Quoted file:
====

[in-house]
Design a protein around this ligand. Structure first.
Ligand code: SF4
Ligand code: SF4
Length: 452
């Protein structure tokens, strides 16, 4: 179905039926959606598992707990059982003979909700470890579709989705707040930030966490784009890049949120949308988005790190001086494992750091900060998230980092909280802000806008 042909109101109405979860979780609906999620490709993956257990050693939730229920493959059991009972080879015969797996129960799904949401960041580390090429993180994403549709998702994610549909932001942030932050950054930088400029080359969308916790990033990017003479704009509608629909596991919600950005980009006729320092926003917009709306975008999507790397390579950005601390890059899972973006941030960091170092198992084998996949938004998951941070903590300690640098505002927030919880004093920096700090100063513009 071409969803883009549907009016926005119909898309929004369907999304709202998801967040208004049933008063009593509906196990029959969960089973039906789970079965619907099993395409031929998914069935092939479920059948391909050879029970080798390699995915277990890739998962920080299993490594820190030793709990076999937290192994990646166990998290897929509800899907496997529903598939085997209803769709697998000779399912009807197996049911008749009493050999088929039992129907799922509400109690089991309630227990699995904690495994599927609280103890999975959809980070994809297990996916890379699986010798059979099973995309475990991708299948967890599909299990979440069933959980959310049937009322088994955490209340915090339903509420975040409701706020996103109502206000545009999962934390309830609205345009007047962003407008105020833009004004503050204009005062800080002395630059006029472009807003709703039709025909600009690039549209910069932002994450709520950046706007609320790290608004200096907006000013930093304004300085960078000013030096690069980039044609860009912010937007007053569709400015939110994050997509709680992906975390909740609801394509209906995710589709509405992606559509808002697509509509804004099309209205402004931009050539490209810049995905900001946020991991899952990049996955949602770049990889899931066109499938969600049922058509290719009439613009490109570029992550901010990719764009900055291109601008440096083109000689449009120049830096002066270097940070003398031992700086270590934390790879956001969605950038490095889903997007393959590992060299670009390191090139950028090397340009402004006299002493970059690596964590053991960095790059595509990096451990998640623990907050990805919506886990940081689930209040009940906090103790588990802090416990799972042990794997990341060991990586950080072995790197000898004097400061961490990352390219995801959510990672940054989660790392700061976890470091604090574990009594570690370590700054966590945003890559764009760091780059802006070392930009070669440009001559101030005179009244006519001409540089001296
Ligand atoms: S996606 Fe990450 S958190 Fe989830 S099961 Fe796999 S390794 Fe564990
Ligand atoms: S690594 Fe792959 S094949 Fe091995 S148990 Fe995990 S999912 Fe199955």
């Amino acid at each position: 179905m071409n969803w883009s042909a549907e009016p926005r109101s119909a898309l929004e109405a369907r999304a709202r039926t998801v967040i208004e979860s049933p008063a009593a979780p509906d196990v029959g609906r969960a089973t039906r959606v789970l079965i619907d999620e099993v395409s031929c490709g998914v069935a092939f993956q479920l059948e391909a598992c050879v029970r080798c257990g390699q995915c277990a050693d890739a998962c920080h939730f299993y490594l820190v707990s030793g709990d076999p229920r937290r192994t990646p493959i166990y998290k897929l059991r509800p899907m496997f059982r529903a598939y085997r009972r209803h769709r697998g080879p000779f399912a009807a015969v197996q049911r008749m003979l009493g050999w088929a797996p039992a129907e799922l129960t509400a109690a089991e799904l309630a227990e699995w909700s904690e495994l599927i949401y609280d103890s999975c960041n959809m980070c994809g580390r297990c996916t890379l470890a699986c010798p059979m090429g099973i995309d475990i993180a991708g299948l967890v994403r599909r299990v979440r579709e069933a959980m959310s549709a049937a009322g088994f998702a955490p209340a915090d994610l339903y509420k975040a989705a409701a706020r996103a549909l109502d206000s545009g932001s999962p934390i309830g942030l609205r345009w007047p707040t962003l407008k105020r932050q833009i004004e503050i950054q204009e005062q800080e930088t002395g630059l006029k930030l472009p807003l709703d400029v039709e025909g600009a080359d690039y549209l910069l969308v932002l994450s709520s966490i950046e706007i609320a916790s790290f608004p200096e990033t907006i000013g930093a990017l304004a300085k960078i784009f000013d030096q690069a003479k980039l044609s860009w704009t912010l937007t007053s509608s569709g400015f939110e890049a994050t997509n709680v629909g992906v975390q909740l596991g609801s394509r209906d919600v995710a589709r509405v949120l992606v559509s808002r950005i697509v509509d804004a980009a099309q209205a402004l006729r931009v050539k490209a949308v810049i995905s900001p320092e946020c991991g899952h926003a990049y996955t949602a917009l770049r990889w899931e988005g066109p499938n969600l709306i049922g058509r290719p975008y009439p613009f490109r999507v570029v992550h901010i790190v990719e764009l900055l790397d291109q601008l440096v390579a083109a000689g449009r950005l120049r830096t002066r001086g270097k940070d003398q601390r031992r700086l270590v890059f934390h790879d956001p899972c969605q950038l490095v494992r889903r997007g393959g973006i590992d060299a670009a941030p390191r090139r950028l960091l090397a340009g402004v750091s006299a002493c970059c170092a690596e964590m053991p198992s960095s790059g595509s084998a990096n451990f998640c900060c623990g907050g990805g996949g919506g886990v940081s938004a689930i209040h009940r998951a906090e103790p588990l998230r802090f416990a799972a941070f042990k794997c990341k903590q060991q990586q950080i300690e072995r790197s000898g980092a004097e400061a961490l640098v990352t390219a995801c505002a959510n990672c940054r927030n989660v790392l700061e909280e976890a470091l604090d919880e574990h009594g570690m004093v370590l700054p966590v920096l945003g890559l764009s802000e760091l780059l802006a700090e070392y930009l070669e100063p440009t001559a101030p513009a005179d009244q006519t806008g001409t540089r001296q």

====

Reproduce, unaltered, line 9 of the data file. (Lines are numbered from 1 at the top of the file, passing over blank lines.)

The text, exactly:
């Amino acid at each position: 179905m071409n969803w883009s042909a549907e009016p926005r109101s119909a898309l929004e109405a369907r999304a709202r039926t998801v967040i208004e979860s049933p008063a009593a979780p509906d196990v029959g609906r969960a089973t039906r959606v789970l079965i619907d999620e099993v395409s031929c490709g998914v069935a092939f993956q479920l059948e391909a598992c050879v029970r080798c257990g390699q995915c277990a050693d890739a998962c920080h939730f299993y490594l820190v707990s030793g709990d076999p229920r937290r192994t990646p493959i166990y998290k897929l059991r509800p899907m496997f059982r529903a598939y085997r009972r209803h769709r697998g080879p000779f399912a009807a015969v197996q049911r008749m003979l009493g050999w088929a797996p039992a129907e799922l129960t509400a109690a089991e799904l309630a227990e699995w909700s904690e495994l599927i949401y609280d103890s999975c960041n959809m980070c994809g580390r297990c996916t890379l470890a699986c010798p059979m090429g099973i995309d475990i993180a991708g299948l967890v994403r599909r299990v979440r579709e069933a959980m959310s549709a049937a009322g088994f998702a955490p209340a915090d994610l339903y509420k975040a989705a409701a706020r996103a549909l109502d206000s545009g932001s999962p934390i309830g942030l609205r345009w007047p707040t962003l407008k105020r932050q833009i004004e503050i950054q204009e005062q800080e930088t002395g630059l006029k930030l472009p807003l709703d400029v039709e025909g600009a080359d690039y549209l910069l969308v932002l994450s709520s966490i950046e706007i609320a916790s790290f608004p200096e990033t907006i000013g930093a990017l304004a300085k960078i784009f000013d030096q690069a003479k980039l044609s860009w704009t912010l937007t007053s509608s569709g400015f939110e890049a994050t997509n709680v629909g992906v975390q909740l596991g609801s394509r209906d919600v995710a589709r509405v949120l992606v559509s808002r950005i697509v509509d804004a980009a099309q209205a402004l006729r931009v050539k490209a949308v810049i995905s900001p320092e946020c991991g899952h926003a990049y996955t949602a917009l770049r990889w899931e988005g066109p499938n969600l709306i049922g058509r290719p975008y009439p613009f490109r999507v570029v992550h901010i790190v990719e764009l900055l790397d291109q601008l440096v390579a083109a000689g449009r950005l120049r830096t002066r001086g270097k940070d003398q601390r031992r700086l270590v890059f934390h790879d956001p899972c969605q950038l490095v494992r889903r997007g393959g973006i590992d060299a670009a941030p390191r090139r950028l960091l090397a340009g402004v750091s006299a002493c970059c170092a690596e964590m053991p198992s960095s790059g595509s084998a990096n451990f998640c900060c623990g907050g990805g996949g919506g886990v940081s938004a689930i209040h009940r998951a906090e103790p588990l998230r802090f416990a799972a941070f042990k794997c990341k903590q060991q990586q950080i300690e072995r790197s000898g980092a004097e400061a961490l640098v990352t390219a995801c505002a959510n990672c940054r927030n989660v790392l700061e909280e976890a470091l604090d919880e574990h009594g570690m004093v370590l700054p966590v920096l945003g890559l764009s802000e760091l780059l802006a700090e070392y930009l070669e100063p440009t001559a101030p513009a005179d009244q006519t806008g001409t540089r001296q």